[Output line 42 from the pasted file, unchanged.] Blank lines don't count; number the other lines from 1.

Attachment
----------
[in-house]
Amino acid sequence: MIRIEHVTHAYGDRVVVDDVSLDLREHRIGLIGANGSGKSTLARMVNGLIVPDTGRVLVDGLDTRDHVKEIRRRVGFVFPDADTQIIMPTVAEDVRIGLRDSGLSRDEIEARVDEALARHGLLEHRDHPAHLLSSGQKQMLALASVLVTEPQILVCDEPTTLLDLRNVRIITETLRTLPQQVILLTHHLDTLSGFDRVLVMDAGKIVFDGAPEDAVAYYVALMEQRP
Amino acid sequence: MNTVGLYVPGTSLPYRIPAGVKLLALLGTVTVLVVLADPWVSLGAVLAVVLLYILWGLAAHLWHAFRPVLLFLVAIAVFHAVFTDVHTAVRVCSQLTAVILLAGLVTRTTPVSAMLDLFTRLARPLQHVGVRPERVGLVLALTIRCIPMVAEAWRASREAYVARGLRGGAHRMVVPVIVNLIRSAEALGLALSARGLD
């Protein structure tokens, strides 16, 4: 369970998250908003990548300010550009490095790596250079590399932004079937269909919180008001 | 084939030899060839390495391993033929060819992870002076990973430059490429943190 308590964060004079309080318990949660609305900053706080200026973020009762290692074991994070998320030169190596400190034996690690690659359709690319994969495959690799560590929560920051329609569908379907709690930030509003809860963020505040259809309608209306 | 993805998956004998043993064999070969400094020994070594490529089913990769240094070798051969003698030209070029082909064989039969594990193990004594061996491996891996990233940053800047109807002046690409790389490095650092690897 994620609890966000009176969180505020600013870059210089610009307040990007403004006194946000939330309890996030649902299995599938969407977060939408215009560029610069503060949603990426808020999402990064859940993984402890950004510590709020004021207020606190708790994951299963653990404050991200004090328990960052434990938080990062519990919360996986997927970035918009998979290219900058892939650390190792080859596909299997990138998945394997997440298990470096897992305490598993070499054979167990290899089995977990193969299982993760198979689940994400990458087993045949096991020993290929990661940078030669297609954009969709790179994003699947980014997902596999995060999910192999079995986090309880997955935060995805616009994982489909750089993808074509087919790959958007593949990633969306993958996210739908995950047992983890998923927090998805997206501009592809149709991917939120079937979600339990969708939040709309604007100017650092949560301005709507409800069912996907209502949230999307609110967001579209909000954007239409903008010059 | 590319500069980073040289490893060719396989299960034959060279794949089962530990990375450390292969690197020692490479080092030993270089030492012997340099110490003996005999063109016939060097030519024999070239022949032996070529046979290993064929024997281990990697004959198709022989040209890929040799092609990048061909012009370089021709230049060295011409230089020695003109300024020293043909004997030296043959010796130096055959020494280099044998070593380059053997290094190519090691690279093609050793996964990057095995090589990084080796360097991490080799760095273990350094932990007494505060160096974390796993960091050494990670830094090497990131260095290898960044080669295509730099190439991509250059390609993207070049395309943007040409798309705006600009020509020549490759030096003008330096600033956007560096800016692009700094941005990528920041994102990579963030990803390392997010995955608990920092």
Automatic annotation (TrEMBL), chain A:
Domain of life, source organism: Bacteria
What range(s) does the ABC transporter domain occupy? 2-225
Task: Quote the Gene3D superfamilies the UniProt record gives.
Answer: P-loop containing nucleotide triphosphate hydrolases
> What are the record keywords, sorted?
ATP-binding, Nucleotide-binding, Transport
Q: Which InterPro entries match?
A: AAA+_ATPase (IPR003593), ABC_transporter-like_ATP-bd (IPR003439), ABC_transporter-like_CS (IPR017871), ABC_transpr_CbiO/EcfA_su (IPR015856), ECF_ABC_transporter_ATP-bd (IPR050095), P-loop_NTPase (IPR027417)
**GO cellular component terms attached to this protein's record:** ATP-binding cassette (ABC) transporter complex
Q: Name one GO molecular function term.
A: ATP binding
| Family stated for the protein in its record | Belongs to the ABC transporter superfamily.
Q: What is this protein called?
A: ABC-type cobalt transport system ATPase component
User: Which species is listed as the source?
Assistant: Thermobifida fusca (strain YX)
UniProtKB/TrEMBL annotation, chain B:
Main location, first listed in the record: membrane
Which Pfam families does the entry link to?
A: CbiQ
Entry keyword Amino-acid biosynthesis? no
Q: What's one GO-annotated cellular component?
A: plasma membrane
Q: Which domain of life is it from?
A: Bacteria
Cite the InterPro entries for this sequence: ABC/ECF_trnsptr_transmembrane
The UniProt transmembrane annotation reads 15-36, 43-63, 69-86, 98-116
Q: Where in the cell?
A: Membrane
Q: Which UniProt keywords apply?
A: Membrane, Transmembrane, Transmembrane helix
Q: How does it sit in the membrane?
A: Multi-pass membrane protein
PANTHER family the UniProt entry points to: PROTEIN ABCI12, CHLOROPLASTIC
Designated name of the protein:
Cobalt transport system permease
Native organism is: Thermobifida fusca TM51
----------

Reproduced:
Native organism is: Thermobifida fusca TM51